PUBLIC INFORMATION OFFICE
JET PROPULSION LABORATORY
CALIFORNIA INSTITUTE OF TECHNOLOGY
NATIONAL AERONAUTICS AND SPACE ADMINISTRATION
PASADENA, CALIF. 91109 TELEPHONE (818) 354-5011
Contact: John G. Watson
FOR IMMEDIATE RELEASEOctober 29, 1997
JPL PARTNER SELECTED FOR $500,000 NASA RESEARCH PROJECT
Research & Development Laboratories (RDL) of Culver City,
CA, a partner with NASA's Jet Propulsion Laboratory in the
development of room-temperature electron tunneling technology,
has been selected for immediate negotiation of a $500,000 Phase
II Small Business Technology Transfer Program contract.
One of 13 research proposals chosen by NASA's Office of
Aeronautics and Space Transportation Technology in early October,
RDL's work will focus on fabrication of a micro-electromechanical
systems-based (MEMS) tunneling infrared detector -- a highly
sensitive, miniaturized instrument designed to measure the
intensity of infrared radiation. The detector, along with the
electronic circuitry associated with it, will be designed for
insertion into Fourier transform infrared spectrometers,
instruments measuring the infrared spectral characteristics
associated with such substances as minerals and gases.
There are many other potential applications, including
measuring the level of glucose in the blood simply by attaching
an instrument to the skin without the need for invasive
procedures; process monitor instruments; and micro-
miniaturization of sensors for space exploration.
A key feature of the technology, which RDL will prepare for
actual manufacturing as part of the contract, is its capacity to
function at room temperature, without the traditional need for
cooling. JPL originally developed room-temperature electron
tunneling MEMS technology at its Center for Space
Microelectronics Technology. Via the center, JPL is now an RDL
subcontractor assisting with the further development of this
technology, which has not yet been patented. NASA's Small
Business Technology Transfer Program makes it possible for
companies such as RDL to have the opportunity to obtain patents
on such specialized technology, once they have demonstrated that
they can develop commercial applications.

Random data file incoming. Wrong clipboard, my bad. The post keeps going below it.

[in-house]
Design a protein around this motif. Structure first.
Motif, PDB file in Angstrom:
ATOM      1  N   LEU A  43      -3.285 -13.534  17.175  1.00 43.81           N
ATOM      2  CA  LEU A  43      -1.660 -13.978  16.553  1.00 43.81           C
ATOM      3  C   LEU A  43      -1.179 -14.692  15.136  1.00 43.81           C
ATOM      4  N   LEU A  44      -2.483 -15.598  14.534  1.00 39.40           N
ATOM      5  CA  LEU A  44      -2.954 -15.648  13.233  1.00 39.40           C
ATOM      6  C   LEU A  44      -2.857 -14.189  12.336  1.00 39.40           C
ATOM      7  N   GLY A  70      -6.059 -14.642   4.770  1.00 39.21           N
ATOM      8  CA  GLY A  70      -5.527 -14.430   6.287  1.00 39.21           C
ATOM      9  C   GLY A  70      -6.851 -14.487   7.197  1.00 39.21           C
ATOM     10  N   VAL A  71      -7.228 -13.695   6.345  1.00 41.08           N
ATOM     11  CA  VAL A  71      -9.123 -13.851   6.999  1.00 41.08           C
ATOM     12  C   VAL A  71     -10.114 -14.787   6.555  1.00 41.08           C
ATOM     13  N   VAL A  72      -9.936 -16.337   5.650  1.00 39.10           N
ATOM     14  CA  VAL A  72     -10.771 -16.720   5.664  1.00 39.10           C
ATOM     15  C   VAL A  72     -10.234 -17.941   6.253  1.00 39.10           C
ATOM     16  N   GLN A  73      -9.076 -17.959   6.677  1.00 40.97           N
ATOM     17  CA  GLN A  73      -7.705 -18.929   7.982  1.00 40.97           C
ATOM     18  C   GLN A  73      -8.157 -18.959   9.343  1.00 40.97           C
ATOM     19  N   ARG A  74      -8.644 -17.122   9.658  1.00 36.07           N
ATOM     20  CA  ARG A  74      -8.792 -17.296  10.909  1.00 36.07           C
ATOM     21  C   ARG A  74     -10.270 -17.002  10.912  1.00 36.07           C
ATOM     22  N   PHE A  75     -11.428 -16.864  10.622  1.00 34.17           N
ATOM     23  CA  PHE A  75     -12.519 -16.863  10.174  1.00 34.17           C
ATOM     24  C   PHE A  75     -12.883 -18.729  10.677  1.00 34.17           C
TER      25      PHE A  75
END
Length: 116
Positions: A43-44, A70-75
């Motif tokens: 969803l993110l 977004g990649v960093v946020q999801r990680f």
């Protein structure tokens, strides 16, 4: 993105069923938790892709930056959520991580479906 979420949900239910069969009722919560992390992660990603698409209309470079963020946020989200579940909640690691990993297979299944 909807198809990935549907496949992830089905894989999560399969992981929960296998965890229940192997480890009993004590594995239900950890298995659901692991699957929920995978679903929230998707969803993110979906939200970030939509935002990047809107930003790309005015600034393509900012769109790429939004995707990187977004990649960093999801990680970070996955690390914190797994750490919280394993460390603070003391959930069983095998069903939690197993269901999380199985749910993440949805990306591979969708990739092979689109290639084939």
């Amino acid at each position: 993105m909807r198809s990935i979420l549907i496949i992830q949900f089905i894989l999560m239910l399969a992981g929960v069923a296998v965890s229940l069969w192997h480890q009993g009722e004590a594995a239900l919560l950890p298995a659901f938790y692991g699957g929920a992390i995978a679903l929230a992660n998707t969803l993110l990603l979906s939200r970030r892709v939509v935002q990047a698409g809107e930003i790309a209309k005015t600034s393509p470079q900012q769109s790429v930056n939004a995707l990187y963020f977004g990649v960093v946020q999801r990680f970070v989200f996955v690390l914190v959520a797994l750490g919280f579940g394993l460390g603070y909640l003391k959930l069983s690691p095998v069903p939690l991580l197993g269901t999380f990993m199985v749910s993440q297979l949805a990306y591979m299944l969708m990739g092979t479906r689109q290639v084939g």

"Everybody wins if the space program can play a role in
helping the private sector to prosper," said Dr. Carl Kukkonen,
director of JPL's Center for Space Microelectronics Technology.
“This technology was originally developed to improve instruments
such as imaging sensors used for mapping and for Earth and
planetary observations. Now RDL, with the help of the center's
scientists and equipment, has picked up the ball and is moving
this technology forward for commercial applications and,
potentially, for other future NASA applications."
RDL president Dr. Birendra (Raj) Dutt said the company is
“delighted with the news of winning the NASA award. And we have
every intention of making the tunneling infrared detector a
The 13 Small Business Technology Transfer contract
recipients were chosen from a total of 32 Phase II proposals, all
submitted by small business contractors who had completed Phase I
projects. RDL, working with JPL, completed a Phase I effort
which demonstrated proof-of-concept of a MEMS-based tunneling
infrared detector preamplifier breadboard for insertion into a
Fourier transform infrared spectrometer.
All proposals were reviewed for both technical merit and
commercial potential. Selections were based on scientific and
technical merit, including the degree to which Phase I objectives
were met; future importance and eventual value of the product,
process, or technology results to the NASA mission; capability of
the small business concern; and evidence of commercial potential.
The Small Business Technology Transfer Program requires a
small business concern to conduct cooperative research and
development by partnering with a research institution such as
JPL. At least 40 percent of the work must be performed by the
small business concern, and at least 30 percent of the work must
be performed by the research institute.
A listing of the selected proposals is available on the
Internet at http://sbir.nasa.gov .
Further information about JPL's Center for Space
Microelectronics Technology is available at
JPL is a division of the California Institute of Technology,